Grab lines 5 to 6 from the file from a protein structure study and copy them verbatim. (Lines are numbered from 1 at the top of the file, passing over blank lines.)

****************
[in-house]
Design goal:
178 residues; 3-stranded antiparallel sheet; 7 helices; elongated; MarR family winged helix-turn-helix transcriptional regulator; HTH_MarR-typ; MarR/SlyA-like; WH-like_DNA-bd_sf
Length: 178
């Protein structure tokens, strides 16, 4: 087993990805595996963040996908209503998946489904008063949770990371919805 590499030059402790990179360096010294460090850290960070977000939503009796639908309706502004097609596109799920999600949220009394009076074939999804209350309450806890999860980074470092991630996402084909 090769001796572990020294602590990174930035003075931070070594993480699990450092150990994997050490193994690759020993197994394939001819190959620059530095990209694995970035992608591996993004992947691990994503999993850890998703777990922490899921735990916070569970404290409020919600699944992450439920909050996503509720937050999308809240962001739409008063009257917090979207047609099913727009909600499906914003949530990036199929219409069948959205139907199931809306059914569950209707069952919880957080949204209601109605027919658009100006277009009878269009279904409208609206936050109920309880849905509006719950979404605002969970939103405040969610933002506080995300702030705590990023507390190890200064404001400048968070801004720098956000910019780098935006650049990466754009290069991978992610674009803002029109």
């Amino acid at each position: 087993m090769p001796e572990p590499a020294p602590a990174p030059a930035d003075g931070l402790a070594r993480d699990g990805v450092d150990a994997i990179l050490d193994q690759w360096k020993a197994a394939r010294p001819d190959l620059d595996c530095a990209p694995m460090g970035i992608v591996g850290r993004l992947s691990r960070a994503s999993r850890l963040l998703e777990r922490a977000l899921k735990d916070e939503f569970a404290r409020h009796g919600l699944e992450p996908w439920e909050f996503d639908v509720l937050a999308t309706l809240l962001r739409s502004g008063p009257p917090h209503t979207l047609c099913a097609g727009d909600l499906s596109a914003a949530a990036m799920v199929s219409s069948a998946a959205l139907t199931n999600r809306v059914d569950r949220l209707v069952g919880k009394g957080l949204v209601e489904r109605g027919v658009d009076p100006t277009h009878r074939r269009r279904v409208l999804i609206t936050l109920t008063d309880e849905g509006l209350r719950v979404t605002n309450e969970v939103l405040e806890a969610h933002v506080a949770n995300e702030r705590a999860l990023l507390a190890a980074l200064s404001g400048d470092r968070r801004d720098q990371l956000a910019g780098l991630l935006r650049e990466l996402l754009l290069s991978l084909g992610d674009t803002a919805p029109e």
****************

């Protein structure tokens, strides 16, 4: 087993990805595996963040996908209503998946489904008063949770990371919805 590499030059402790990179360096010294460090850290960070977000939503009796639908309706502004097609596109799920999600949220009394009076074939999804209350309450806890999860980074470092991630996402084909 090769001796572990020294602590990174930035003075931070070594993480699990450092150990994997050490193994690759020993197994394939001819190959620059530095990209694995970035992608591996993004992947691990994503999993850890998703777990922490899921735990916070569970404290409020919600699944992450439920909050996503509720937050999308809240962001739409008063009257917090979207047609099913727009909600499906914003949530990036199929219409069948959205139907199931809306059914569950209707069952919880957080949204209601109605027919658009100006277009009878269009279904409208609206936050109920309880849905509006719950979404605002969970939103405040969610933002506080995300702030705590990023507390190890200064404001400048968070801004720098956000910019780098935006650049990466754009290069991978992610674009803002029109």
């Amino acid at each position: 087993m090769p001796e572990p590499a020294p602590a990174p030059a930035d003075g931070l402790a070594r993480d699990g990805v450092d150990a994997i990179l050490d193994q690759w360096k020993a197994a394939r010294p001819d190959l620059d595996c530095a990209p694995m460090g970035i992608v591996g850290r993004l992947s691990r960070a994503s999993r850890l963040l998703e777990r922490a977000l899921k735990d916070e939503f569970a404290r409020h009796g919600l699944e992450p996908w439920e909050f996503d639908v509720l937050a999308t309706l809240l962001r739409s502004g008063p009257p917090h209503t979207l047609c099913a097609g727009d909600l499906s596109a914003a949530a990036m799920v199929s219409s069948a998946a959205l139907t199931n999600r809306v059914d569950r949220l209707v069952g919880k009394g957080l949204v209601e489904r109605g027919v658009d009076p100006t277009h009878r074939r269009r279904v409208l999804i609206t936050l109920t008063d309880e849905g509006l209350r719950v979404t605002n309450e969970v939103l405040e806890a969610h933002v506080a949770n995300e702030r705590a999860l990023l507390a190890a980074l200064s404001g400048d470092r968070r801004d720098q990371l956000a910019g780098l991630l935006r650049e990466l996402l754009l290069s991978l084909g992610d674009t803002a919805p029109e």